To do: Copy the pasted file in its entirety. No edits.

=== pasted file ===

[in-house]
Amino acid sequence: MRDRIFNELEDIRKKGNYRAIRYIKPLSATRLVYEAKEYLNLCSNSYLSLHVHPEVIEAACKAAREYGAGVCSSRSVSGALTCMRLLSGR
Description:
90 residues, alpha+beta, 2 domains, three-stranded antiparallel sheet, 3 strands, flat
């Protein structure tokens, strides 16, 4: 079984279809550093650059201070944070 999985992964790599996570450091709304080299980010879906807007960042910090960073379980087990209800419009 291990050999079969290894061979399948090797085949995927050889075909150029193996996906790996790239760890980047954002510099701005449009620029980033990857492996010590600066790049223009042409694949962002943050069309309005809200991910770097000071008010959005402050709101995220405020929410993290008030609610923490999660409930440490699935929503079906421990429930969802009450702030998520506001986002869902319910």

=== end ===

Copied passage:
[in-house]
Amino acid sequence: MRDRIFNELEDIRKKGNYRAIRYIKPLSATRLVYEAKEYLNLCSNSYLSLHVHPEVIEAACKAAREYGAGVCSSRSVSGALTCMRLLSGR
Description:
90 residues, alpha+beta, 2 domains, three-stranded antiparallel sheet, 3 strands, flat
């Protein structure tokens, strides 16, 4: 079984279809550093650059201070944070 999985992964790599996570450091709304080299980010879906807007960042910090960073379980087990209800419009 291990050999079969290894061979399948090797085949995927050889075909150029193996996906790996790239760890980047954002510099701005449009620029980033990857492996010590600066790049223009042409694949962002943050069309309005809200991910770097000071008010959005402050709101995220405020929410993290008030609610923490999660409930440490699935929503079906421990429930969802009450702030998520506001986002869902319910």